Ambo Mineral Water

From Wikipedia, the free encyclopedia
Jump to: navigation, search
Ambo Mineral Water
Ambo Mineral Water logo.jpg
The logo of Ambo Mineral Water
Inception 1930
Manufacturer SABMiller
Available Ethiopia, Kenya, Somalia, South Africa, Sudan, Saudi Arabia, United Arab Emirates, England, Sweden, United States and Toronto, Canada
Current supplier SABMiller
Website www.ambowater.com

Ambo Mineral Water is a brand of naturally-carbonated bottled mineral water, sourced from the springs in Ambo Senkele,[1] near the town of Ambo[2][3] in central Ethiopia. It is a popular drink in Ethiopia,[1][4][5] and has been described as the "oldest modern mineral water"[1] and Ethiopia's "oldest mineral water bottler."[6] It has been bottled since 1930. The company is owned by SABMiller PLC and SouthWest Development, and used to be a state-owned company.[1][3]

History[edit]

Ambo Mineral Water has been bottled since 1930.[1] The last emperor of Ethiopia used to travel here to drink the water, which has been described as "holy water" by local residents per its prized status for having alleged restorative properties.[3] Local residents have stated that the water can improve digestion, be used as to ease rheumatism and can cure ailments of the stomach.[3] Generations ago, local farmers noticed lost cattle drinking the water.[3]

Source[edit]

Ambo Mineral Water has been in business since 1930 and is sourced from a thermal mineral spring that has significant amounts of "natural calcium, magnesium, potassium, bicarbonates and carbon dioxide".[1] The water is naturally carbonated[3] by the carbon dioxide at the source. The water is derived from a volcanic fissure, from which it runs down a stream in a montane environment, and is collected in Ambo Senkele, Ethiopia.[1] Ambo Senkele is approximately 130 kilometers from Addis Ababa.[1]

Today[edit]

The company was purchased by SABMiller in 2009.[3] In 2011, SABMiller invested around USD $20 million modernizing the bottling plant and operations.[3] After these improvements, the plant produced 40,000 glass bottles hourly.[3] Previous output was approximately 12,000 bottles per hour.[3] In November 2014, Ambo Mineral Water was jointly purchased by SABMiller PLC and SouthWest Development, with plans to join Coca Cola as SABMiller.[1] During this time, it was announced that Coca Cola Company and Coca Cola Sabco were going to form a new company named Coca-Cola Beverages Africa.[1] Tours of the bottling factory are offered to the public.[7]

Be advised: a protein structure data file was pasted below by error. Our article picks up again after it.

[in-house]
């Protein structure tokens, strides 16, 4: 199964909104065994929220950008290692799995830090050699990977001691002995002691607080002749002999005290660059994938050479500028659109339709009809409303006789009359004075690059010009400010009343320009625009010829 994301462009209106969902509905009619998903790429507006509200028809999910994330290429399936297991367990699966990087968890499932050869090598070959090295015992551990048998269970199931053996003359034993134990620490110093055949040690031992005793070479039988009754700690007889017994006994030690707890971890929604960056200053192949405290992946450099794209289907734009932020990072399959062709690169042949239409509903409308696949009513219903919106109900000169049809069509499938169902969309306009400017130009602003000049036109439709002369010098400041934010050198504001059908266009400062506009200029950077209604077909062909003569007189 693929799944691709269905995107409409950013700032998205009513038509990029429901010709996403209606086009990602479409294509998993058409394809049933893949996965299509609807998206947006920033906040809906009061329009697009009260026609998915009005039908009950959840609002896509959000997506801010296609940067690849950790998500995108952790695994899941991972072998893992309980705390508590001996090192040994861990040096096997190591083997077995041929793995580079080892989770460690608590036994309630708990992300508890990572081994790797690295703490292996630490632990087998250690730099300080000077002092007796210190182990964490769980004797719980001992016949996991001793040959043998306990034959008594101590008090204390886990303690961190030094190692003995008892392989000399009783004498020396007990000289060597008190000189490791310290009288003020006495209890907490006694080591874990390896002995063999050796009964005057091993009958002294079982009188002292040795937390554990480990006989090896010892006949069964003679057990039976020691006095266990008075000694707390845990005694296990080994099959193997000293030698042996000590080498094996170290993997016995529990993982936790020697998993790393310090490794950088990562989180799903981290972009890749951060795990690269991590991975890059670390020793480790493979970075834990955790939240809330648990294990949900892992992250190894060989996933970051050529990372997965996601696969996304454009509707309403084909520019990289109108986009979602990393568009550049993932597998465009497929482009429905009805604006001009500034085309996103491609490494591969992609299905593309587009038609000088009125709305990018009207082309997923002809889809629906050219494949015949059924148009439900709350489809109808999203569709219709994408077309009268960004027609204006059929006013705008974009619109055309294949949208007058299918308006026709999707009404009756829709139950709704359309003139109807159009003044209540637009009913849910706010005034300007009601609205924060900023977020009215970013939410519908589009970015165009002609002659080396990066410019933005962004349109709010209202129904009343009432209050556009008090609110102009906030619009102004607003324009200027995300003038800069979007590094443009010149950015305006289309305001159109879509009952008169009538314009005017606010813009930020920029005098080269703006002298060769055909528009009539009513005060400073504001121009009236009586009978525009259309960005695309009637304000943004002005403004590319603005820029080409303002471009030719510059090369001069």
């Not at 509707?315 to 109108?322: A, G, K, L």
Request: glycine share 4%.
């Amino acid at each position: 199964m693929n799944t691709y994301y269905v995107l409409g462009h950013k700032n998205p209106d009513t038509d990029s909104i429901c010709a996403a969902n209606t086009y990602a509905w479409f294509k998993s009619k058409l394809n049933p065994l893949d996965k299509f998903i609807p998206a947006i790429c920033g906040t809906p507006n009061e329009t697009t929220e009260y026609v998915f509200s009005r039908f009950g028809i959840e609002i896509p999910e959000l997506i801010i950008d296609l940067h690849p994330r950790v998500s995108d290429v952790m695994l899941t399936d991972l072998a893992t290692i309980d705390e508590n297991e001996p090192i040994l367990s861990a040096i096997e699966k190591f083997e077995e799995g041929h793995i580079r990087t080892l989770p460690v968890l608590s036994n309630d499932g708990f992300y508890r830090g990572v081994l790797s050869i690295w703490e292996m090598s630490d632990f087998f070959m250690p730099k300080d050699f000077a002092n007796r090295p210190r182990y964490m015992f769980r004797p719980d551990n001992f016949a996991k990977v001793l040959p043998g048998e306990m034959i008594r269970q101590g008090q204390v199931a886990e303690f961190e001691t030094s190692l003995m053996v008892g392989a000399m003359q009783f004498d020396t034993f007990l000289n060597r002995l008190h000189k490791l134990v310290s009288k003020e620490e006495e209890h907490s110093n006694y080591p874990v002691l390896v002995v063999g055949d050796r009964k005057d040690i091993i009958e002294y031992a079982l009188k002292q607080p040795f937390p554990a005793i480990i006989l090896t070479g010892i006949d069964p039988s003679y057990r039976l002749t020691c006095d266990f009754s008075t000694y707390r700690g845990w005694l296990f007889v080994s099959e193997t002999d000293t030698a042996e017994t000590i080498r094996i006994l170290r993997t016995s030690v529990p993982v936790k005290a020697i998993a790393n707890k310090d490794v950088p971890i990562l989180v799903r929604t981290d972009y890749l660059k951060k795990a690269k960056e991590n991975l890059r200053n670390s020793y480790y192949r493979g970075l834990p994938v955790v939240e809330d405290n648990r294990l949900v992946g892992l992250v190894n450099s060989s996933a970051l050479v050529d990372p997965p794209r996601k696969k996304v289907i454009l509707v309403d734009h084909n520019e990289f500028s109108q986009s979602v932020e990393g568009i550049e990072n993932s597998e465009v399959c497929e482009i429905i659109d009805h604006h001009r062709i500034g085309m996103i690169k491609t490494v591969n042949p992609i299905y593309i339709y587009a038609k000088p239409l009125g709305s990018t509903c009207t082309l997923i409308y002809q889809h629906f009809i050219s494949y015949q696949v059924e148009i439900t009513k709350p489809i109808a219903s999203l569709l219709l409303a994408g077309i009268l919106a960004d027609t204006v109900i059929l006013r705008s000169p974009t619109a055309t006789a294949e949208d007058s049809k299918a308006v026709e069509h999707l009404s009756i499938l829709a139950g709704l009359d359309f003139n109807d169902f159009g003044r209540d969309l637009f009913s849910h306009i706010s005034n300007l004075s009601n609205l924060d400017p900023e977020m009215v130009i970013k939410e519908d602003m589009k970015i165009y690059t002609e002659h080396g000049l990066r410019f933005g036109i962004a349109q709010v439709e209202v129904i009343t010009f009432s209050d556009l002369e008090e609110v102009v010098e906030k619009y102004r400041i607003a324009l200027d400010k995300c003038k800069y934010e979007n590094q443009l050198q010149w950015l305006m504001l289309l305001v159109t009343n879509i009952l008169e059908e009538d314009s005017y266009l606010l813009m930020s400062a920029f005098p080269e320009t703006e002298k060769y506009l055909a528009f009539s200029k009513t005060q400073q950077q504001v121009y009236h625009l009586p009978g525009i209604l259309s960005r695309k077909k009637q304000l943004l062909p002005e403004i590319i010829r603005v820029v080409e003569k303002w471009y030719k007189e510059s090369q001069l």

Ambo is exported to Kenya, South Africa, Sudan, Saudi Arabia, the United Arab Emirates, England, Sweden, the United States and Toronto, Canada.[8] It is bottled in 330 ML, 500 ML, 750 ML 1000 ML and 2000 ML bottles.[8] The bottling plant operates 24 hours a day.[8] It is sold in Ethiopian shops for around USD $0.30 per bottle, and is typically priced higher in Ethiopian restaurants and hotels.[3] At restaurants in New York City, it is sold for around USD $6 per bottle.[3]

Products[edit]

Ambo Mineral Water began to be packed in plastic bottles relatively recently,[1] and prior to this was packed exclusively in glass bottles. New products introduced circa November 2014 were Ambo flavored water, which was formulated in several flavors, and Ambo Lite, a product with a lower mineral and carbonation content.[1]

See also[edit]

References[edit]

  1. ^ a b c d e f g h i j k l Abiye, Yonas (November 29, 2014). "Coca Cola, Ambo Water to be under one umbrella". The Reporter. Archived from the original on September 3, 2015. Retrieved January 4, 2017. 
  2. ^ "About Ambo Mineral Water:"An Ethiopian Icon"". Ambo Mineral Water. Retrieved January 7, 2013. 
  3. ^ a b c d e f g h i j k l Wonacott, Peter (January 13, 2011). "SABMiller Taps Ethiopia's 'Holy Water'". The Wall Street Journal. Retrieved June 3, 2015. 
  4. ^ Javins, Marie. "Eating and Drinking in Ethiopia." Archived January 31, 2013, at the Wayback Machine. Gonomad.com. Accessed Jan 2013.
  5. ^ Kloman, H. (2010). Mesob Across America: Ethiopian Food in the U.s.a. iUniverse. ISBN 978-1-4502-5867-8. 
  6. ^ "East Africa Bottling Eyes Joint Venture With Ambo". Africa News Service. August 26, 2007. Retrieved June 3, 2015.  (subscription required)
  7. ^ Gordon, F.L. (2000). Ethiopia, Eritrea & Djibouti. LONELY PLANET ETHIOPIA AND ERITREA. Lonely Planet. p. 257. ISBN 978-0-86442-292-7. 
  8. ^ a b c "Export". Ambo Mineral Water. Retrieved June 3, 2015. 

Further reading[edit]

External links[edit]